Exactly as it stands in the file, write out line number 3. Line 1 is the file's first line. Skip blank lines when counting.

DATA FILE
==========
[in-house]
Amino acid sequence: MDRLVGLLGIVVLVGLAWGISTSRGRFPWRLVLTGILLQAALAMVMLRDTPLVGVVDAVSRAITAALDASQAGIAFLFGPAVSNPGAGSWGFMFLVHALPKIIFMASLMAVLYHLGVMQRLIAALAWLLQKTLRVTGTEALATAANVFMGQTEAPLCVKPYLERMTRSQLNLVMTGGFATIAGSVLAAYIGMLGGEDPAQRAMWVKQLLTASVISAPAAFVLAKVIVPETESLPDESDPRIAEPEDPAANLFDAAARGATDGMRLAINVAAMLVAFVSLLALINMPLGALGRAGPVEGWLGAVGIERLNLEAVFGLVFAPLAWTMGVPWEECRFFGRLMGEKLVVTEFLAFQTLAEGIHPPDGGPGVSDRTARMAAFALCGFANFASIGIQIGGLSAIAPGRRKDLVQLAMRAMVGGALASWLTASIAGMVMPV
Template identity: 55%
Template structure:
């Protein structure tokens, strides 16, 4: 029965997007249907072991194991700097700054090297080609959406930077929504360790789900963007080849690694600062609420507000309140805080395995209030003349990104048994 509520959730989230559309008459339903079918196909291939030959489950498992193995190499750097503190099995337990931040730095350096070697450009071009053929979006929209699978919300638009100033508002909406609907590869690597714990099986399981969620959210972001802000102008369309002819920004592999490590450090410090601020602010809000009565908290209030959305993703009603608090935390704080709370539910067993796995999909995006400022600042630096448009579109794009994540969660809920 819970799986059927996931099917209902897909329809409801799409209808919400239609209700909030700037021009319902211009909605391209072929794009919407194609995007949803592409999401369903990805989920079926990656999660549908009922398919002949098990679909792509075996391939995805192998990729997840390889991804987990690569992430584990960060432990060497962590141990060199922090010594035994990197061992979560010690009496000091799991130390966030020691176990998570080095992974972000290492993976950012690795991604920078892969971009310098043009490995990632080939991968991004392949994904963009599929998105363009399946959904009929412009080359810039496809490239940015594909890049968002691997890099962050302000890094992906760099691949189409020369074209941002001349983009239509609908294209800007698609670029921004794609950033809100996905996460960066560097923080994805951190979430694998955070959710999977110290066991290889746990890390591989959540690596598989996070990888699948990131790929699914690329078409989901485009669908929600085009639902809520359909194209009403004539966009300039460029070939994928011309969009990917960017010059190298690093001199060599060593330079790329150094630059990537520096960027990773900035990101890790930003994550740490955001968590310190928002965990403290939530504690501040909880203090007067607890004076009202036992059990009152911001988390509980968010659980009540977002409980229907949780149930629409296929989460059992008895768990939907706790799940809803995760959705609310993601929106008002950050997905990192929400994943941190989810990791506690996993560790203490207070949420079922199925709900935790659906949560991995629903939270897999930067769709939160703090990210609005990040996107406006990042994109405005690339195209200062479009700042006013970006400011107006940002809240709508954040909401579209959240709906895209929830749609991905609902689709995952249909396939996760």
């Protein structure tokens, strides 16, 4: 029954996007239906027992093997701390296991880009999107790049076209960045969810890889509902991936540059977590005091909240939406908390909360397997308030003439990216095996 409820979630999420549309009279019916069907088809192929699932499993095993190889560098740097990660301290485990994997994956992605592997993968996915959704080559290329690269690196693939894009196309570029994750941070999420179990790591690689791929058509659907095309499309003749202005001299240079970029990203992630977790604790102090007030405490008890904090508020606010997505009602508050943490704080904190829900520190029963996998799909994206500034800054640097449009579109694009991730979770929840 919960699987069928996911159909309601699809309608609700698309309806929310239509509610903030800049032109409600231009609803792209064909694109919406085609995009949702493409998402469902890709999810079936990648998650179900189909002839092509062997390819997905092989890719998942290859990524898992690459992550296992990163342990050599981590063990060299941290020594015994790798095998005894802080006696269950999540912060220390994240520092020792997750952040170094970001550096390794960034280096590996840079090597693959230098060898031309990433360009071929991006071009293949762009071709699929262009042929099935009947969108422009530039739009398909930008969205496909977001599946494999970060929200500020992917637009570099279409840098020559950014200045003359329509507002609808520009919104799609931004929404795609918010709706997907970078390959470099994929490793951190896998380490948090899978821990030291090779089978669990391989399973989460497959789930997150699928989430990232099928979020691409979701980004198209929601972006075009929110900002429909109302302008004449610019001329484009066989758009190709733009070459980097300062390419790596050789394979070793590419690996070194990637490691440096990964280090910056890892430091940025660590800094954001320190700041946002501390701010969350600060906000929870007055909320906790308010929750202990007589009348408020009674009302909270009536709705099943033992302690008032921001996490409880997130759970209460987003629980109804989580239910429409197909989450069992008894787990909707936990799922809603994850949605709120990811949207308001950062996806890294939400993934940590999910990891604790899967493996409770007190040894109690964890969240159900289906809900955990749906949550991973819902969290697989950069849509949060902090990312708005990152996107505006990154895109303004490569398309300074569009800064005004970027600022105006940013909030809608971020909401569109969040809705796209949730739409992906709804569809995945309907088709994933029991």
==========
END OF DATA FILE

Template identity: 55%